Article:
Editor's Viewpoint: Sole marine body can help turn tide
Areport into the health of the seas around the province has produced some worrying information.
Strangford Lough and waters around Rathlin Island, designated as protected areas, are being damaged by invasive alien species carried here on vessels and by pressures like tourism, fishing and commercial activity. Other findings reveal stocks of cod and whiting are at historically low levels. On the positive side inner Belfast Lough has got a new lease of life thanks to cleaner discharges into the sea.
But perhaps the most astonishing part of the report is that which suggests that the current arrangements for managing our rich marine environment should continue. At the moment nine government departments have some say in what goes on in the seas around our coasts.
Anyone with even a slight appreciation of the workings of government will realise that this is not an effective way to manage anything.
Joined-up government - especially between potentially conflicting departments such as industry and environment - is an unlikely concept at the best of times.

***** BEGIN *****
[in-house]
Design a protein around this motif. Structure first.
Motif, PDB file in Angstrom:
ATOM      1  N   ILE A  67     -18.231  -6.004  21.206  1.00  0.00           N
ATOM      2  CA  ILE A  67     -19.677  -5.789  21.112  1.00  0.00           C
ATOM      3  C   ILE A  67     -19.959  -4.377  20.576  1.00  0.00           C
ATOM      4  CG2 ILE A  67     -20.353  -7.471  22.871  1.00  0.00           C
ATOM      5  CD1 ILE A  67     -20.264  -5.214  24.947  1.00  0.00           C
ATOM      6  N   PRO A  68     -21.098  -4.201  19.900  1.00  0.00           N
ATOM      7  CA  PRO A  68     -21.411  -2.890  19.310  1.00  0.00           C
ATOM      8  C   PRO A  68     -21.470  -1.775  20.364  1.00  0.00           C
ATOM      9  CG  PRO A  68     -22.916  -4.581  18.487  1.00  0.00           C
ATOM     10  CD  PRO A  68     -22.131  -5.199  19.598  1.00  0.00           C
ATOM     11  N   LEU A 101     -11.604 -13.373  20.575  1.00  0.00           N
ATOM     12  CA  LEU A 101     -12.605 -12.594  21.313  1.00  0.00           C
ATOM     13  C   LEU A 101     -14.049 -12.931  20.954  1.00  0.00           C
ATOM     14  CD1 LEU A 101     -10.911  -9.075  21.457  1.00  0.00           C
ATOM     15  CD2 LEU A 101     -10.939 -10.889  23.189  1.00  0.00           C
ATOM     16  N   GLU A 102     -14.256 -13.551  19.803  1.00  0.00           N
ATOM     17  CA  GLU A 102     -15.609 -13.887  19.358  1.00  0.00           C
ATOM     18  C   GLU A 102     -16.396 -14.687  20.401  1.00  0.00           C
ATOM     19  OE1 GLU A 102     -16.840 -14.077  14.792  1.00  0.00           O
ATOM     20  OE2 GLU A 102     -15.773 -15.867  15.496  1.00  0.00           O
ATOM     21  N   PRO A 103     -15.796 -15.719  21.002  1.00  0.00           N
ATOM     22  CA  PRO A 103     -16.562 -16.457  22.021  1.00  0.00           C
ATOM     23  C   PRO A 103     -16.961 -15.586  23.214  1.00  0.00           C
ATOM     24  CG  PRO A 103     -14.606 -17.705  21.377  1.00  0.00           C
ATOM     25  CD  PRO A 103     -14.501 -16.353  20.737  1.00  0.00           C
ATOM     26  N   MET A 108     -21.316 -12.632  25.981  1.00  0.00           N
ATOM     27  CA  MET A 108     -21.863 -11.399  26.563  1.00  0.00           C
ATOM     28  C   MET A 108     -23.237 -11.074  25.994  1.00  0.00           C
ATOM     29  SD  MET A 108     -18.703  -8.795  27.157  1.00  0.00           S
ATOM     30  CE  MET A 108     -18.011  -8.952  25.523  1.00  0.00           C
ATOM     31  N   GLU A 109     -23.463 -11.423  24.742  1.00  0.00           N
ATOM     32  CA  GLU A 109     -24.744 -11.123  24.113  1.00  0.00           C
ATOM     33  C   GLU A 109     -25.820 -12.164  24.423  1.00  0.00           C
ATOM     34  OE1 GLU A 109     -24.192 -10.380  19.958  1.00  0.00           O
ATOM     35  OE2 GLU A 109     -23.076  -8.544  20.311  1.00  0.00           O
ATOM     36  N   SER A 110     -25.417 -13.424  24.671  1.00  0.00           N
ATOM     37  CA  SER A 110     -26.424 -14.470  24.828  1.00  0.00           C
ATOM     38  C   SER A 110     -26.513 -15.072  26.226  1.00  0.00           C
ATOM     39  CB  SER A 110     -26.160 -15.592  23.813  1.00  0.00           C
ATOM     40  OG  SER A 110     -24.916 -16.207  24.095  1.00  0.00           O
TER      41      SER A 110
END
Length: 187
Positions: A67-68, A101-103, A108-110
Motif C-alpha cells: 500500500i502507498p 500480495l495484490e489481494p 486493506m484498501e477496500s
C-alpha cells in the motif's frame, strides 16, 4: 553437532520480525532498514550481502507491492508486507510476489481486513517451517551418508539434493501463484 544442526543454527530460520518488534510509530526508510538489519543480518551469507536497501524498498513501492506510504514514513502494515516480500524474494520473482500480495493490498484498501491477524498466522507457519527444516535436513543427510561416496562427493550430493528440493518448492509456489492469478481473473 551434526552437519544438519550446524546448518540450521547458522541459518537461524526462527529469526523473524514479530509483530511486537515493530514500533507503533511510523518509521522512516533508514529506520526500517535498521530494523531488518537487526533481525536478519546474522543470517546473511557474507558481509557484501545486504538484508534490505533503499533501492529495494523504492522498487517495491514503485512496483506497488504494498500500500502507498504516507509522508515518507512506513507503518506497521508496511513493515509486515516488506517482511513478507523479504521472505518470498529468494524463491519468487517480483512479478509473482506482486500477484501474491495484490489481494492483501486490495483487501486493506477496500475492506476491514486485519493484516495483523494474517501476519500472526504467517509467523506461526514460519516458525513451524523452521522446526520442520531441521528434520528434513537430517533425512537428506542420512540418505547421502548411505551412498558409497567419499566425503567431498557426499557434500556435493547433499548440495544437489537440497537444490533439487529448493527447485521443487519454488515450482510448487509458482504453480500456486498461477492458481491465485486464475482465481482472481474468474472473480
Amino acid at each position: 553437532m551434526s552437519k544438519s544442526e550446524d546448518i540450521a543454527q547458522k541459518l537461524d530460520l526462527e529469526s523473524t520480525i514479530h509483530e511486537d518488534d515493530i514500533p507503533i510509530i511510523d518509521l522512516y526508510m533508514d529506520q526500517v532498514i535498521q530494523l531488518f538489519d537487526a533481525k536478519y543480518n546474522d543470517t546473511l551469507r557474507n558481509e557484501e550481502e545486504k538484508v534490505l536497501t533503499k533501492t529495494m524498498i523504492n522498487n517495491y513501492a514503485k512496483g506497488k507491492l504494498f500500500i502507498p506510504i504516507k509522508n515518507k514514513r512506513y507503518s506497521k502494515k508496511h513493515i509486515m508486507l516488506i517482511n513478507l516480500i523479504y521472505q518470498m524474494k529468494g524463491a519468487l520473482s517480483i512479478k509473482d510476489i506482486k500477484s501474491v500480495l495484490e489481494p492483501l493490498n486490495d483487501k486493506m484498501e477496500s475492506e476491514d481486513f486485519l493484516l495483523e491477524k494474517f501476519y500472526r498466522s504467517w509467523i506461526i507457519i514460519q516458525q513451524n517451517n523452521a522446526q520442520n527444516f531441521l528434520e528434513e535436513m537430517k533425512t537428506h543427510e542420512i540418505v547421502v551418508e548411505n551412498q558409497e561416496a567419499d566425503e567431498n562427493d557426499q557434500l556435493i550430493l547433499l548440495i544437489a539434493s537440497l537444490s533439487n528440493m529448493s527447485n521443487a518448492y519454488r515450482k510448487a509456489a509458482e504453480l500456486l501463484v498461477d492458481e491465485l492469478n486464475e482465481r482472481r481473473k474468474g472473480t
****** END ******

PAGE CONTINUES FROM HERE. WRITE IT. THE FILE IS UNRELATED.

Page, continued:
The report even provides evidence of the lack of a cohesive approach. New marine reserves are being created well in advance of drafting of an overall plan for the marine environment. Just how the two proposals will work when implemented is anyone's guess.
It seems strange that the report turns its face against the idea of a single marine authority which could co-ordinate activities which affect this important environment. Maybe it is recognition that even a sole body would be powerless to protect the marine life fully given the huge range of pressures on it. However, it would have the ability monitor the impact of such pressures and make suggestions to alleviate them. The report makes it clear action must be taken in some areas and that should be the base point for a new drive to protect and improve the marine environment.